Extending communication for patients with disorders of consciousness

Xingwen Liang, Levin Kuhlmann, Leigh A. Johnston, David B. Grayden, Simon Vogrin, Rosemary Crossley, Karen Fuller, Mark Lourensz, Mark J. Cook

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9 Citations (Scopus)


BACKGROUND AND PURPOSE: The difficulty of distinguishing disorders of consciousness from certain disorders of communication leads to the possibility of false diagnosis. Our aim is to communicate with patients with disorders of consciousness through asking them to answer questions with "yes/no" by performing mental imagery tasks using functional magnetic resonance imaging (fMRI). METHODS: A 1.5 T fMRI study with 5 patients and a control group is presented. Speech comprehension, mental imagery, and question-answer tests were performed. RESULTS: The imagery task of mental calculation produced equally distinct activation patterns when compared to navigation and motor imagery in controls. For controls, we could infer answers to questions based on imagery activations. Two patients produced activations in similar areas to controls for certain imagery tasks, however, no activations were observed for the question-answer task. CONCLUSIONS: The results from 2 patients provide independent support of similar work by others with 3 T fMRI, and demonstrate broader clinical utility for these tests at 1.5 T despite lower signal-to-noise ratio. Based on the control results, mental calculation adds a robust imagery task for use in future studies of this kind.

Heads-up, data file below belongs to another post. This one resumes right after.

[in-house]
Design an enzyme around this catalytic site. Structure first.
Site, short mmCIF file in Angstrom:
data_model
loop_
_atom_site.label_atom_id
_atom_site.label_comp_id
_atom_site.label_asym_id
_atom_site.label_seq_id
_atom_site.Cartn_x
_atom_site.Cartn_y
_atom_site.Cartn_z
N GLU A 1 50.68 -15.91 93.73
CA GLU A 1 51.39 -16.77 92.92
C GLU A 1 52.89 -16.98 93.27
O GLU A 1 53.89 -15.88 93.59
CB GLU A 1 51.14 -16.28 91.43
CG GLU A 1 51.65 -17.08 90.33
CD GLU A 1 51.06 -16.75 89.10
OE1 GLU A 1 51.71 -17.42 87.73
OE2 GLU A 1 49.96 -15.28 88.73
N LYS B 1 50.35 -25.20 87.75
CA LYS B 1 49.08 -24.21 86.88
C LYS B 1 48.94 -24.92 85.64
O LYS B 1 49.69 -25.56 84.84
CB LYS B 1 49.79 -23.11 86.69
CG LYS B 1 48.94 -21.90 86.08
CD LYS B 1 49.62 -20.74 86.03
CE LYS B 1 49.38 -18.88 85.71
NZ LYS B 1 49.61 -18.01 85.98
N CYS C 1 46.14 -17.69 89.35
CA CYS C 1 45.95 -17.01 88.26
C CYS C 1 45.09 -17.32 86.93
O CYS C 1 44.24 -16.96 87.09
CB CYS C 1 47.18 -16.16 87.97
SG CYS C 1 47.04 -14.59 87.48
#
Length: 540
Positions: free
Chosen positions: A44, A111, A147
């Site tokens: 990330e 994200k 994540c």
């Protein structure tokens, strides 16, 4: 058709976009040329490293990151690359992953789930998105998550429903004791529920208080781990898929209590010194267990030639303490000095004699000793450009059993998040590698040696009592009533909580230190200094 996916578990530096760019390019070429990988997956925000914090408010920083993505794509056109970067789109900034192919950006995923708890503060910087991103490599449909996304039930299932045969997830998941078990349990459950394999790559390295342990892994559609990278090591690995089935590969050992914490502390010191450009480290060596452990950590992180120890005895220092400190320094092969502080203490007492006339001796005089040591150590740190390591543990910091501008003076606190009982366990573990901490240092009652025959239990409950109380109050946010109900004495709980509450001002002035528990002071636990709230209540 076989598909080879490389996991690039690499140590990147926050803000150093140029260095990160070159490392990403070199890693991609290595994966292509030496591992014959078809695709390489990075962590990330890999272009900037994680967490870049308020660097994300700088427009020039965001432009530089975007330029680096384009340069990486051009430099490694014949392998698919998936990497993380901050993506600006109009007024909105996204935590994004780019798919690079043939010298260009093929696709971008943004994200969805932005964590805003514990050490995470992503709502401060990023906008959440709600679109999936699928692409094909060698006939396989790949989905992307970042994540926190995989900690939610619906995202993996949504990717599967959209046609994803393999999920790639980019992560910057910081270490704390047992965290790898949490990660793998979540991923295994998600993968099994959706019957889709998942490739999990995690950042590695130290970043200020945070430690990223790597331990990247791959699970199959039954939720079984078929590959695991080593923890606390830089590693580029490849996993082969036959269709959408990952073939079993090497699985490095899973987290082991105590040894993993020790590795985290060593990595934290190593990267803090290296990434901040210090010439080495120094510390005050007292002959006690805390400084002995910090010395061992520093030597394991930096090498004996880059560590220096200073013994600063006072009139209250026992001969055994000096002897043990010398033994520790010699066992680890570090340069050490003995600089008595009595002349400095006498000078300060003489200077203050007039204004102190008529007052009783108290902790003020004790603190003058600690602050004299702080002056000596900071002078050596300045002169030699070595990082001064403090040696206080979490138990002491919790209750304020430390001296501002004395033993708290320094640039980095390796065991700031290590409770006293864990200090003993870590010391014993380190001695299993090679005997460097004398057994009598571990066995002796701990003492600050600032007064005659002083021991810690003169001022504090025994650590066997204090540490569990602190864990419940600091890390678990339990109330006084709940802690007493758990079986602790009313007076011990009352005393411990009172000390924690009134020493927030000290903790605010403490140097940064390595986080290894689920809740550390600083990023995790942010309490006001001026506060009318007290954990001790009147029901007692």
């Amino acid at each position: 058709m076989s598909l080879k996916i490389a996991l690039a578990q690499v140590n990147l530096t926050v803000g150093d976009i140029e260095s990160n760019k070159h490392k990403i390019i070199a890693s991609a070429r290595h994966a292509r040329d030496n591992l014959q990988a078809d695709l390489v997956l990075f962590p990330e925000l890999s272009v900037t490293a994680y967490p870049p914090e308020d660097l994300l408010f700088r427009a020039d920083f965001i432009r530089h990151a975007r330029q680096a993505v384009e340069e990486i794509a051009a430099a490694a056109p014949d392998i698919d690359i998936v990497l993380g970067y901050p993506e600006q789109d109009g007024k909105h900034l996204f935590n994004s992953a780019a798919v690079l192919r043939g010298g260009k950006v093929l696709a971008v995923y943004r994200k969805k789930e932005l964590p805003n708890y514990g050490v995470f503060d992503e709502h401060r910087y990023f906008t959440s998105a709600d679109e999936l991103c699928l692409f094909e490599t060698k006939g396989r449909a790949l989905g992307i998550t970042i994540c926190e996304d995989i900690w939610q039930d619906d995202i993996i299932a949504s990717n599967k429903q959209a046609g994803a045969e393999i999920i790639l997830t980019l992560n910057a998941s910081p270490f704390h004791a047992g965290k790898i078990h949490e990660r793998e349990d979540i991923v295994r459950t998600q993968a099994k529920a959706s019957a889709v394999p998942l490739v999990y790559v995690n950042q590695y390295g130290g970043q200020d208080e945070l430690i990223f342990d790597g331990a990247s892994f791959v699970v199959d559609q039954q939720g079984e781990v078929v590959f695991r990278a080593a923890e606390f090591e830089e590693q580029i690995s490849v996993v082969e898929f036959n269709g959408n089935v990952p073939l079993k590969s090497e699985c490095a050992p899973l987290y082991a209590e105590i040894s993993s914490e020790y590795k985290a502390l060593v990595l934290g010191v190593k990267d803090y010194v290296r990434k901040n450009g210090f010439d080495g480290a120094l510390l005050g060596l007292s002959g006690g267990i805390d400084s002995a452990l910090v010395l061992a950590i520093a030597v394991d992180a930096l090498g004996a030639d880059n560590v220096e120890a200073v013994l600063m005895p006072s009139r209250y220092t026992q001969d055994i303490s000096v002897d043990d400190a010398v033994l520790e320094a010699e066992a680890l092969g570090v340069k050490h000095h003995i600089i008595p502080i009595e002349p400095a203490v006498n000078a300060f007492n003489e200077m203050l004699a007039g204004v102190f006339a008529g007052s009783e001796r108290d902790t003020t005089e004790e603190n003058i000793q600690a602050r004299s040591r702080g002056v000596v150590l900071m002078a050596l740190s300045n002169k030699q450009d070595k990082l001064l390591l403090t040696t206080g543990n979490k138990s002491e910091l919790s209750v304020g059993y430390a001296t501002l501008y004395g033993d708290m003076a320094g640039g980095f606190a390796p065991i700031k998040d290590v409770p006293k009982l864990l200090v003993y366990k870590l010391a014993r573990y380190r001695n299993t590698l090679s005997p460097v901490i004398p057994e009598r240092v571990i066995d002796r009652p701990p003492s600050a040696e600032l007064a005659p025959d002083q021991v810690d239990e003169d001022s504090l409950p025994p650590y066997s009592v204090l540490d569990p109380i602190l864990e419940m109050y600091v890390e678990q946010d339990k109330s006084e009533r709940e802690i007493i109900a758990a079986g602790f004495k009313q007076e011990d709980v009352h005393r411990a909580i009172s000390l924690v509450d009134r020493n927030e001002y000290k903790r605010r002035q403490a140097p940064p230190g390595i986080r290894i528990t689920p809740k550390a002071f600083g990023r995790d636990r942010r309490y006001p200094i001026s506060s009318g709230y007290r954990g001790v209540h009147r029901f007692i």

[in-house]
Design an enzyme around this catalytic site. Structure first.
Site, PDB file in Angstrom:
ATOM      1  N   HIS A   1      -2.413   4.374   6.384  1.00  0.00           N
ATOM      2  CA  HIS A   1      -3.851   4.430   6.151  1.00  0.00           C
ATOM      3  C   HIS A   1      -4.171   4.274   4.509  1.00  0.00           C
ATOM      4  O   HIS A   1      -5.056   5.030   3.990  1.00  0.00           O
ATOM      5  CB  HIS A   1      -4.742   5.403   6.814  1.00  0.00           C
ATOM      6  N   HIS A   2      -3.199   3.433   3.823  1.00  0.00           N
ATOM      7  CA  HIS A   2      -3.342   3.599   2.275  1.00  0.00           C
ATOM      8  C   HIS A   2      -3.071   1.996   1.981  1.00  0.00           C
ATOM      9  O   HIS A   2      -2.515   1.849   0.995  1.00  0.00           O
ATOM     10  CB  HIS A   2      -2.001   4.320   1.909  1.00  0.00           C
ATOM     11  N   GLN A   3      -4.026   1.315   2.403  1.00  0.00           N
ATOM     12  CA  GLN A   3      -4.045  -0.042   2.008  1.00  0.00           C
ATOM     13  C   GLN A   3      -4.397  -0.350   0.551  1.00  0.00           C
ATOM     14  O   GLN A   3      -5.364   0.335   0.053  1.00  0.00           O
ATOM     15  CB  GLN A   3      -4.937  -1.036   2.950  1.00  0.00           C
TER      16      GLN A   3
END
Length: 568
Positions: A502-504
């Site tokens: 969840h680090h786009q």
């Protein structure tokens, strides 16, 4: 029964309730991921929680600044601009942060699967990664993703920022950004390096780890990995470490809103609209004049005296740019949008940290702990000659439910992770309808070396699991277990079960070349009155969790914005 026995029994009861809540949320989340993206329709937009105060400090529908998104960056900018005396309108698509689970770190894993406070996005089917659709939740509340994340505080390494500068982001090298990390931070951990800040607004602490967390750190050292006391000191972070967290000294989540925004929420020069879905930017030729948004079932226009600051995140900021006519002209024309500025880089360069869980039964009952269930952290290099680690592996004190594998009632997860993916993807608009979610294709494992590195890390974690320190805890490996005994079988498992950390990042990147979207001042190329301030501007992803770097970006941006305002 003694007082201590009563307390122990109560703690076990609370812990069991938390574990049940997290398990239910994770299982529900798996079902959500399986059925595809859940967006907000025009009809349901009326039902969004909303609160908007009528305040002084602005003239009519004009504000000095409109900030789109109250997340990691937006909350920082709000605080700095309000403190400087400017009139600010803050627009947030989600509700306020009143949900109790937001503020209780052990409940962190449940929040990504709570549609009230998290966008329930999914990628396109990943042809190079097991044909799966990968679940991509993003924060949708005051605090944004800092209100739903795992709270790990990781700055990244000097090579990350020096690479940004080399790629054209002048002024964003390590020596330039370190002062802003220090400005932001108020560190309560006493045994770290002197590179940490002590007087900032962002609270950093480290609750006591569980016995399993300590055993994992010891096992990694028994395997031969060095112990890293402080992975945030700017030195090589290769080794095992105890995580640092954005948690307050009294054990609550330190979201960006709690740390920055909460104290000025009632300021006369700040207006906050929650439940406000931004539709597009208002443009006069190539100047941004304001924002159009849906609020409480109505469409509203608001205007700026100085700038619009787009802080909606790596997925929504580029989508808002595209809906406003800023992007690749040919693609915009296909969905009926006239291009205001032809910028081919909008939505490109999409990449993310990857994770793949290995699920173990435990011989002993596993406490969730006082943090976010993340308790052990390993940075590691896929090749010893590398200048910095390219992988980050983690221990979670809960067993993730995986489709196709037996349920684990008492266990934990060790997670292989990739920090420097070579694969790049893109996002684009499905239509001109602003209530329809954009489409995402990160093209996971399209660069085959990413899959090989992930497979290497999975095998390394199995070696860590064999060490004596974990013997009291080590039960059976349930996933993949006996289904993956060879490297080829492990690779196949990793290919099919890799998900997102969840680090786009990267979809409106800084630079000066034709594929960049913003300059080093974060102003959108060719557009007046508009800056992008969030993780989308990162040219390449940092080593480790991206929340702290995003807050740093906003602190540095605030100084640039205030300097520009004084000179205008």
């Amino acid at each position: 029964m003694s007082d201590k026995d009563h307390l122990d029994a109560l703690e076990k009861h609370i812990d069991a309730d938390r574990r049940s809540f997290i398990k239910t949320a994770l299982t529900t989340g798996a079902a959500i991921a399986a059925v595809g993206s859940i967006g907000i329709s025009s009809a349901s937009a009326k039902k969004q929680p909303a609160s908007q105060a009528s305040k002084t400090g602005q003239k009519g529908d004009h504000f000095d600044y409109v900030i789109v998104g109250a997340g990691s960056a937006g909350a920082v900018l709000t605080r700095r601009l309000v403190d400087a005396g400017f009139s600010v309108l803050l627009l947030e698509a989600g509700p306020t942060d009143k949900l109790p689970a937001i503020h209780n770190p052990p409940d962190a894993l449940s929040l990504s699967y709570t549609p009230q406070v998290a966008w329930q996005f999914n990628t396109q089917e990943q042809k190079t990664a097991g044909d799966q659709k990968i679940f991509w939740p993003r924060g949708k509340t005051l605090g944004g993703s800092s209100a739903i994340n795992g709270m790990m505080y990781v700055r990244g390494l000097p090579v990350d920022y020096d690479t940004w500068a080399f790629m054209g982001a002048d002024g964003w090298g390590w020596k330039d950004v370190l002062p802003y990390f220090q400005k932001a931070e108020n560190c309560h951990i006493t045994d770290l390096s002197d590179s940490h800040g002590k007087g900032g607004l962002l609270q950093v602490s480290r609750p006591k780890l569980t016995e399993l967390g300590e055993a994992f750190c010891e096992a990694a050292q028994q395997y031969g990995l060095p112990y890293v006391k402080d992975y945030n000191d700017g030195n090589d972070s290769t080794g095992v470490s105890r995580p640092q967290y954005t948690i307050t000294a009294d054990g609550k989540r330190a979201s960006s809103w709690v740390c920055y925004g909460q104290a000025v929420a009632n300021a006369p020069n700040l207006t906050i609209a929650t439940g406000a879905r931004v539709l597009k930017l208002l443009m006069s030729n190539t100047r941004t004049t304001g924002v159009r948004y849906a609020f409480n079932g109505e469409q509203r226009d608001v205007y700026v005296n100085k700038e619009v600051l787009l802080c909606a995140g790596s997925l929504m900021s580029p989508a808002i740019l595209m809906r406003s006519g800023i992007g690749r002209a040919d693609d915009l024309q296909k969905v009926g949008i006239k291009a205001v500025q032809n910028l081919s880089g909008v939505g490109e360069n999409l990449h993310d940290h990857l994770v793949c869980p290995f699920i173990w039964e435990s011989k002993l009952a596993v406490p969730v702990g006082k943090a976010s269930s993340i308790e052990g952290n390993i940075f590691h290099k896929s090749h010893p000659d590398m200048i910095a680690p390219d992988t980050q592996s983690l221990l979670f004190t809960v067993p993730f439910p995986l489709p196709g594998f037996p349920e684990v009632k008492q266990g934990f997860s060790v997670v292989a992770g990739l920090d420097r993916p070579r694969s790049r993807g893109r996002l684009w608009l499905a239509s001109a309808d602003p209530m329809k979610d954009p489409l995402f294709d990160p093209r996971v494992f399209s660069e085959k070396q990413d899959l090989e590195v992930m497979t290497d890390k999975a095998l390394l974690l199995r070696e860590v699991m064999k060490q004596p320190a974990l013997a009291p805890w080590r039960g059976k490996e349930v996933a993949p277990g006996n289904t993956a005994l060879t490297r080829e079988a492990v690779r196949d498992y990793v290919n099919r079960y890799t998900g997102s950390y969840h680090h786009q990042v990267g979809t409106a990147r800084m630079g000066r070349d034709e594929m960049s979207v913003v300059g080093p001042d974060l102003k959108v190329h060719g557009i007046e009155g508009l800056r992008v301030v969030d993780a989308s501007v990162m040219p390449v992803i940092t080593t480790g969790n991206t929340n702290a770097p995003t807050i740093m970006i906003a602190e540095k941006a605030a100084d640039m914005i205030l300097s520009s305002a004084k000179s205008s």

Original languageEnglish
Pages (from-to)31-38
Number of pages8
JournalJournal of Neuroimaging
Issue number1
Publication statusPublished - 2012
Externally publishedYes


  • Disorders of consciousness
  • FMRI
  • Minimally conscious state
  • Neuroimaging
  • Vegetative state

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